Instead of rushing for the exits, Islamist supporters of Egypt's ousted
president are replacing tents with wooden huts in their sprawling Cairo
encampment. Barbershops have sprung up and many tents now have satellite dishes.
There's little sign of alarm over the potential for violence if security forces move to clear this ground zero of resistance to the coup six weeks ago. On Tuesday, solar power panels were added to the encampment's several generators in case authorities cut off power.
The postcoup government has repeatedly warned that the sit-ins outside the Rabaah al-Adawiya mosque and a smaller one on the other side of the city cannot stay. They portray them as a threat to national security and launch pads for terrorism. The protesters say their vigils are peaceful and will end only when Mohammed Morsi is reinstated as president.
As the faceoff has dragged on, participants in the larger of the two vigils have had time to weave a narrative about their cause immersed in religious fervor, revolutionary rhetoric and martyrdom.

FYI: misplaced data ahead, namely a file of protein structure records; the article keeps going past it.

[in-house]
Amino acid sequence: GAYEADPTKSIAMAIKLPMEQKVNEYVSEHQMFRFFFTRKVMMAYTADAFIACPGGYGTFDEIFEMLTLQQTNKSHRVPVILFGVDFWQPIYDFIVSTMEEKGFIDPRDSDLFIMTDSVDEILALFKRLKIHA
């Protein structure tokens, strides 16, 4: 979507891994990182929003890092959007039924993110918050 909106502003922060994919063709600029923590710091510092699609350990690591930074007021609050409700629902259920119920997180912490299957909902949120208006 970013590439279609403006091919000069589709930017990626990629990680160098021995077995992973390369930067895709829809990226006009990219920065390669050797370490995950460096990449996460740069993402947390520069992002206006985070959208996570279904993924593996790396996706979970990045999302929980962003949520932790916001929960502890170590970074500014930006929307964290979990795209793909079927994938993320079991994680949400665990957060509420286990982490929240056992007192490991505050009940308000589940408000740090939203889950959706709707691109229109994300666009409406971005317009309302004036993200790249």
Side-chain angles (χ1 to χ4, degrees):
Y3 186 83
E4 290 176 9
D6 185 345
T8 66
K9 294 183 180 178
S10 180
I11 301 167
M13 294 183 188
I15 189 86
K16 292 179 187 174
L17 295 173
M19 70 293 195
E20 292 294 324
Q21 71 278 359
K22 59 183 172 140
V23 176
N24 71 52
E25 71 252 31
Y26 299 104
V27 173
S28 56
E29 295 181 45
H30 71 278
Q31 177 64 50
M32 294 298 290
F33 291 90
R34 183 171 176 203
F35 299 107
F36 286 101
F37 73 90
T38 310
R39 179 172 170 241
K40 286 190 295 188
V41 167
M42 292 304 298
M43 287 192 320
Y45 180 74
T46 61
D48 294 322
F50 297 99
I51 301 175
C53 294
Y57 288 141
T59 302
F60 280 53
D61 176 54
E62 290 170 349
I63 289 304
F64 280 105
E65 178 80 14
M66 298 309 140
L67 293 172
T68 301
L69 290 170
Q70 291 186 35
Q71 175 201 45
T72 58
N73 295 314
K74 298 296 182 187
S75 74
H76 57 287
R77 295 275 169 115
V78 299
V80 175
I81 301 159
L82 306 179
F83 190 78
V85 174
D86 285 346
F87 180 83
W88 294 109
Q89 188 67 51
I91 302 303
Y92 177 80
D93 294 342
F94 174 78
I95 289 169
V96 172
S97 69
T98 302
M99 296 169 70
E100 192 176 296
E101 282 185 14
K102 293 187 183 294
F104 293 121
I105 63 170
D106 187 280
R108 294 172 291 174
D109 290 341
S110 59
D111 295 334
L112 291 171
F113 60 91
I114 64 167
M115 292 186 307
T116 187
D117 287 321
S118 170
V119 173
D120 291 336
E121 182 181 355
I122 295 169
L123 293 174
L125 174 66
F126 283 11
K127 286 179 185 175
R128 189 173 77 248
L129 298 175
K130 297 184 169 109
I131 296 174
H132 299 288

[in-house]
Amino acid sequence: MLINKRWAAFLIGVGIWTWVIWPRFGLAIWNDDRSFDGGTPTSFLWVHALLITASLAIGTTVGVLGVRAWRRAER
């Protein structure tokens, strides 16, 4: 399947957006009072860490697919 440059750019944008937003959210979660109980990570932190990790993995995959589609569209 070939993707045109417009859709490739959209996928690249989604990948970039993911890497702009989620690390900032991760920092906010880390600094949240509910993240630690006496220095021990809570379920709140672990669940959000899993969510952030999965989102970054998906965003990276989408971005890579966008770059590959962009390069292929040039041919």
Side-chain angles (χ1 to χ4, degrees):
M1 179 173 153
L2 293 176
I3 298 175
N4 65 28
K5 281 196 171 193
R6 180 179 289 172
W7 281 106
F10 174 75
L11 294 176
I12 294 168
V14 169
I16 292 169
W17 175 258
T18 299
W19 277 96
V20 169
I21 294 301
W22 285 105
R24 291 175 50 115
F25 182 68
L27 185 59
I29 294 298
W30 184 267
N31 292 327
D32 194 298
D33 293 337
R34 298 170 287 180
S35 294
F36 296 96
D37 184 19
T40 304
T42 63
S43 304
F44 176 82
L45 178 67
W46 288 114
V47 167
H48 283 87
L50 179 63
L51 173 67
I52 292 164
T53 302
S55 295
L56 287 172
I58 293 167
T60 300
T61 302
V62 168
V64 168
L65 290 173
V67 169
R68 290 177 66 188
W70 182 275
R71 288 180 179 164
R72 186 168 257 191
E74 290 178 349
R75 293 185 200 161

Thrown into the mix is the evolution of the protest camp into a sort of autonomous entity with its own institutions and social order.
Many protesters frame the standoff as pitting Islam's true followers against enemies of the faith or between revolutionaries and forces of darkness determined to rob Egyptians of their freedom.
"We are here standing up to a world of infidels that refuses to follow Islam," shouted a speaker on the sit-in's main stage.
"Victory may come late because society is not equipped to accommodate righteousness, goodness and justice represented by the nation of the faithful," declares a sign outside a tent that housed a group of men discussing Shariah Islamic laws.
"The people here are on the right side of history," said Gehad el- Haddad, a spokesman for Morsi's Muslim Brotherhood. "We are not going to let go of the revolution. We are here for as long as it is needed. It is all up to the will of the people."
Little is said about the millions of Egyptians who took to the streets on June 30 to call on Morsi to step down, and even less about the former president's widely perceived failure to effectively tackle any of Egypt's many problems.
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